Make no mistake about it, being a Stanley Cup contender year in and year out comes at a very large cost. GM Peter Chirrelli and the cap strapped Bruins know that more than most but will still have a very compeitive team that should be one of the best in the Eastern Conference. For Bruins fans this season will be unlike many of the past five seasons, as the team will officially be dipping into their farm system for offensive players to help alleviate the loss of Johnny Boychuk, Jarome Iginla, and Shawn Thornton. With the core intact, coach Claude Julien is being asked to mix and match on all four lines and show a youthful approach to a league that now depends more on speed and precision than grit and strength. The defensive core is among the best in the league, even with the loss of Boychuk, including: Chara, Hamilton, Seidenberg, Krug, Bartkowski, Miller, McQuaid, and young AHL defensman David Warsofsky. It will be interesting to see who starts the season with an overpacked roster that is being slashed to stay under cap. The Bruins have the incentive and the pieces to put together a major deal before trade deadline to bring some much needed experience and scoring ability to the top six forwards.
Another rebuild year for the Sabers, but one step farther in the right direction. The team has finally been put in a position to be competitive and continue to improve. The addition of Brian Gionta, Matt Moulson, and Josh Gorges provides the Sabers with solid leadership that the young team can look to finally steer the ship in the right direction. The Sabers are loaded with youth and draft picks that this team will be dangerous in a few seasons but will keep fans interested with a team that will play hard night in and night out as Ted Nolan’s team’s typically play. Plus fans will get a taste of 18-year-old forward second-overall draft pick Sam Reinhart, who is sure to have some highlight reel goals as he develops in his rookie season.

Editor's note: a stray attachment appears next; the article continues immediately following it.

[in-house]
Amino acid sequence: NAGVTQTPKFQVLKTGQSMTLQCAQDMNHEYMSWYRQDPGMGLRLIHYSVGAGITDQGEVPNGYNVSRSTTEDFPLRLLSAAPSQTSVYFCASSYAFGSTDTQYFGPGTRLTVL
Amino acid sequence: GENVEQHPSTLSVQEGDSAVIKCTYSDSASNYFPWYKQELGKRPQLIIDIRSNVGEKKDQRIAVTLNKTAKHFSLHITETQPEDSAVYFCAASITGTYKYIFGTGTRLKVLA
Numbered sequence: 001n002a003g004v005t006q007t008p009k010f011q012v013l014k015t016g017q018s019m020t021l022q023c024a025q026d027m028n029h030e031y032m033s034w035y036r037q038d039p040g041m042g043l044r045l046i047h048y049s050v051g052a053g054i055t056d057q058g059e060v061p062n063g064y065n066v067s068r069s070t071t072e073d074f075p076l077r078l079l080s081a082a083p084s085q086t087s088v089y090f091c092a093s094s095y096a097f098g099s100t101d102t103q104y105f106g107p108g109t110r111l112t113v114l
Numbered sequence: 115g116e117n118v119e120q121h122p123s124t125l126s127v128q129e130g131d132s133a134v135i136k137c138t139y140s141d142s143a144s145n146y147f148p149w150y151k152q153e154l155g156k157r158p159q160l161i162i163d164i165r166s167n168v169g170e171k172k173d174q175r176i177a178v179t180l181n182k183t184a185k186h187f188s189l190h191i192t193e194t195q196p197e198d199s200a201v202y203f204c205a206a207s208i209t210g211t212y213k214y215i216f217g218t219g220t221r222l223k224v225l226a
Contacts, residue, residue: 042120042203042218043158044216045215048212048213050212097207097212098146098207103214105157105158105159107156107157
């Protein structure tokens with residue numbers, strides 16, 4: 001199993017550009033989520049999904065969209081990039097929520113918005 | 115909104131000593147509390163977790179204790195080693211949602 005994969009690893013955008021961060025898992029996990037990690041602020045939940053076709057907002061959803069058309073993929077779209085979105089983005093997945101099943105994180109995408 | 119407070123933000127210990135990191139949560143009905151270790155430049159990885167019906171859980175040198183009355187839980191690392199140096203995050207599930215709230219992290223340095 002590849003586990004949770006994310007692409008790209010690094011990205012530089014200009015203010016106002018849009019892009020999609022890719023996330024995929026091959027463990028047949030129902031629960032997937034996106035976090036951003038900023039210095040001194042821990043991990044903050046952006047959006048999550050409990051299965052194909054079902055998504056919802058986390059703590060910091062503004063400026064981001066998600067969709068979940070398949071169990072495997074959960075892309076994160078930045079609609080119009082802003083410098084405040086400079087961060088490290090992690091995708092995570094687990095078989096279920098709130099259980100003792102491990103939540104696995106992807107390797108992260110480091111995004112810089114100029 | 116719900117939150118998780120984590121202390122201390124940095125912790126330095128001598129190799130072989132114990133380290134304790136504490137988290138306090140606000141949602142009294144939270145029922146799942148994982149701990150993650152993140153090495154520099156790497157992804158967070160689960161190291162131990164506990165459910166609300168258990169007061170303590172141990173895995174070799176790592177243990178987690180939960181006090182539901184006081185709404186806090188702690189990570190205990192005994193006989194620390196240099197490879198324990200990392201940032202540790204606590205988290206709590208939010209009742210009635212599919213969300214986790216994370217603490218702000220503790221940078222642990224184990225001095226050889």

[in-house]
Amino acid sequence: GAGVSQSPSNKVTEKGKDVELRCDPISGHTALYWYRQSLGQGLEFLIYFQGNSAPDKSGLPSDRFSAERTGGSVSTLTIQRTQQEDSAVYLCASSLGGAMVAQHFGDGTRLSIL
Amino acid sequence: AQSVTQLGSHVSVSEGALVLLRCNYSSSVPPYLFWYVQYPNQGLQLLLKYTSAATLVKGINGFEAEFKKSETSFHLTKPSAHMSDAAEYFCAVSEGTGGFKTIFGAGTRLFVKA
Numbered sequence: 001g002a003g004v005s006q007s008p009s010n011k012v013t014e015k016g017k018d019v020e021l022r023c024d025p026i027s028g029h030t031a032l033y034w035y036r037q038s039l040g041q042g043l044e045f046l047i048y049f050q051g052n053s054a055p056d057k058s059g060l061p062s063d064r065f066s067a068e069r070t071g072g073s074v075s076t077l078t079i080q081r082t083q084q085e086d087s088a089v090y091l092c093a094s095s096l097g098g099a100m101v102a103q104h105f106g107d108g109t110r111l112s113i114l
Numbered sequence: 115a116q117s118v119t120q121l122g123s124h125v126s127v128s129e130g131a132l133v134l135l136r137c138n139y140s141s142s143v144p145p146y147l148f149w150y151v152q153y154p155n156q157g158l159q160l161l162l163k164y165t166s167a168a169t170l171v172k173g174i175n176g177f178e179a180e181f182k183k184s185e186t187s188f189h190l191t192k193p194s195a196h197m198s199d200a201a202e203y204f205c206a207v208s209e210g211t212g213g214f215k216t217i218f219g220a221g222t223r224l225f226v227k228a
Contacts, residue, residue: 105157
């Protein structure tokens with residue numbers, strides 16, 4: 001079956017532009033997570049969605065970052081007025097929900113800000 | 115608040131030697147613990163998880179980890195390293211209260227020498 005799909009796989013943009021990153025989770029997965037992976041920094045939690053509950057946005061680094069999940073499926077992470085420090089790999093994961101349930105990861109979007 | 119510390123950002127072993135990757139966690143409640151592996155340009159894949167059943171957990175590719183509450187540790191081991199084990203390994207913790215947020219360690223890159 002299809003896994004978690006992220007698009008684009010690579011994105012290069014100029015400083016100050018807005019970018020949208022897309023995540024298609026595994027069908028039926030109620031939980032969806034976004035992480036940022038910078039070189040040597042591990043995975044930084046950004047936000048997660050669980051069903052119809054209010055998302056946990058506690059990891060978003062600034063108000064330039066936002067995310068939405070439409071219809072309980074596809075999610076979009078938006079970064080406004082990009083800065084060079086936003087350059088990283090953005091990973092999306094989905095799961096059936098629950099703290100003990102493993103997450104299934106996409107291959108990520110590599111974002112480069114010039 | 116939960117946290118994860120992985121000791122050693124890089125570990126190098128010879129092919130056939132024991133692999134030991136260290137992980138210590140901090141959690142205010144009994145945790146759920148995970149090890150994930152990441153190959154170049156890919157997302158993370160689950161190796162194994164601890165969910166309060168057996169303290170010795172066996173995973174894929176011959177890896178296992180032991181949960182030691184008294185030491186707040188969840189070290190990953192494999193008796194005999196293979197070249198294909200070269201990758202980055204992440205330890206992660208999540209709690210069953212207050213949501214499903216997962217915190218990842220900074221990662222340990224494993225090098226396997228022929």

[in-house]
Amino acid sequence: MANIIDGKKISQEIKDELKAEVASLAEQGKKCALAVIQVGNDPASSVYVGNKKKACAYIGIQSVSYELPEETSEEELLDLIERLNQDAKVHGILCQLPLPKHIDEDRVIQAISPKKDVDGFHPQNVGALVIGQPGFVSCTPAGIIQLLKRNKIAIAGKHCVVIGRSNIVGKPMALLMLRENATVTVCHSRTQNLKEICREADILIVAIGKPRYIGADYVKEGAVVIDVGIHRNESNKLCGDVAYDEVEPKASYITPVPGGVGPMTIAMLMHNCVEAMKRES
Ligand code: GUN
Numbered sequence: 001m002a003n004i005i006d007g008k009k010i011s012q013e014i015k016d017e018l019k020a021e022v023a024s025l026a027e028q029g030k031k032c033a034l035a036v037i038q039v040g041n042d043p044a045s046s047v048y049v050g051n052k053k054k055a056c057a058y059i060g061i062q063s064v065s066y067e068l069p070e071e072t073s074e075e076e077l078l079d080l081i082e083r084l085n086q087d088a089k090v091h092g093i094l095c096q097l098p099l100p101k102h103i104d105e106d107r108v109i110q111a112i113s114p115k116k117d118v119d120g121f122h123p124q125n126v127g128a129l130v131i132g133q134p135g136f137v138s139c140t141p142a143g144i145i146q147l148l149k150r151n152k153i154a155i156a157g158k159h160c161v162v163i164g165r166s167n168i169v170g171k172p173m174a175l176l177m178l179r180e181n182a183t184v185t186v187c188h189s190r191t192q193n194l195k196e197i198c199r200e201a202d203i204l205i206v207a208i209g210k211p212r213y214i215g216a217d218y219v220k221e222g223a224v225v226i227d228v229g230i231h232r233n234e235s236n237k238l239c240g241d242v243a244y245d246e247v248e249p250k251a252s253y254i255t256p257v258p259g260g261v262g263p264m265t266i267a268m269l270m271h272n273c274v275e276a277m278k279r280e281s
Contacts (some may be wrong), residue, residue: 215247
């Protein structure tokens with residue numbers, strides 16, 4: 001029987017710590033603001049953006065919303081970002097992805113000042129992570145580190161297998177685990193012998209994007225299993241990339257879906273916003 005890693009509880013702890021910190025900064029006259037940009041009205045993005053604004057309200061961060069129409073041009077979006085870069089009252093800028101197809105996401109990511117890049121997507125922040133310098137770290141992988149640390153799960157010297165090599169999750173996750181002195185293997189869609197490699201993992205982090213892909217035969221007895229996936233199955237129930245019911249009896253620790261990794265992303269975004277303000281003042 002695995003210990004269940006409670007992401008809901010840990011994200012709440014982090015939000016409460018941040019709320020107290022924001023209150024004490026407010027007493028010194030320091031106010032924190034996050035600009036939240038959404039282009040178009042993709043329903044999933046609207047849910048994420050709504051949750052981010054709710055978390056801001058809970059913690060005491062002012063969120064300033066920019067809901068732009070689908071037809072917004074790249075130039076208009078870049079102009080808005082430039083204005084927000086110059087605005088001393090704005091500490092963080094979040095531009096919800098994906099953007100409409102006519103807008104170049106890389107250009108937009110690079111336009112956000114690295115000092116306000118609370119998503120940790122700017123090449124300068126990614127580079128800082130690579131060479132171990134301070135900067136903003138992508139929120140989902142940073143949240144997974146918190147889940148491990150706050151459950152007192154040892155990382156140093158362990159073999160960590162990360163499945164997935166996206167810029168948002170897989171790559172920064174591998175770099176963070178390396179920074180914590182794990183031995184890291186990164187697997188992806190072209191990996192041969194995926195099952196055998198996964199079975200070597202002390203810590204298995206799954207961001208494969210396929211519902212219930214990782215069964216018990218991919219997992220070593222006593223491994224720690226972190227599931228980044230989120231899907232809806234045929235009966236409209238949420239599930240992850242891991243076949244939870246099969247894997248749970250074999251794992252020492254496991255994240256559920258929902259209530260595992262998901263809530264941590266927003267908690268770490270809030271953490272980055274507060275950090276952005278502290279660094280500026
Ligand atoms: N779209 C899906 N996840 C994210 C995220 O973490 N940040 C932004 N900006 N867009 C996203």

Detroit Red Wings
Much like the Bruins, the Red Wings will depend on great coaching and players already in their system to help guide them through a very hard to predict year. There are a lot of “what if’s” and they all revolve around how their young core of Tomas Tatar, Gustav Nyquist, Danny DeKeyser, and Brendan Smith develop and play. Ken Holland has an eye for this type of development and that is why the Red Wings have been competitive for over twenty years, but their recent emigration to the Atlantic divison and Eastern conference proves to be more competitive than last year. This is still a playoff team, but there are some key pieces missing to bring them back to elite status. Zetterberg and Datsuk are heading the team and providing veteran leadership for the new young core, but it could still be a few seasons before Detroit makes it to the top of the Eastern Conference.
The Panthers finished at the bottom of nearly every category last year, so it is no surprise that they had a busy and productive off-season. Last year’s news that they had re-acquired their one-time goaltender Roberto Luongo from the fiasco in Vancouver was a breath of fresh air. Since then, the Panthers recently acquired former Chicago Blackhawks center Dave Bolland, scoring winger Jussi Jokinen, and tough fourth line center Shawn Thornton from the Boston Bruins. Not to mention a new coach in Gerard Gallant. On the back end, Mitchell, Gudbrandson and Eckblat are among the better defensive croppings the Panthers have started with in a few years. The diverse and widespread quality of these new signings is sure to bring balance to the younger of the pack, particularly Huberdeau and Eckblad, and bring some early signs of progress to this struggling team.
Toronto Maple Leafs
What does a team that under-produces every year do to finally become competitive? They hire a person with no managerial experience to become the president of a hockey operations, Brendan Shanahan. Shanahan handed coach Randy Carlyle a contract extension after two seasons of collapse and left Dave Nonis as the GM, the same GM that gave David Clarkson a seven-year, $37 million dollar buyout-proof contract. Assistant coaches Dave Farrish, Greg Cronin and Scott Gordon have been replaced with Steve Spott and Peter Horachek. Assistant GMs Dave Poulin and Claude Loiselle were fired in favor of Kyle Dubas, a blogger and self-proclaimed “analytics expert.” Although this has been a very entertaining off-season to watch for the Leafs, this team has added and subtracted players that should amount to the same type of season from a year ago, with the noted exception that they moved noted tough guys Colton Orr and Frazer McLaren off the roster, finally showing some acknowledgment of the direction of the NHL. Although the Leafs have a solid team on paper, when it comes to execution they still lacks what it takes to win down the stretch. Until the ownership group stops treating their franchise like a 14-year-old playing NHL ’15, the Leafs will not be a deep contender.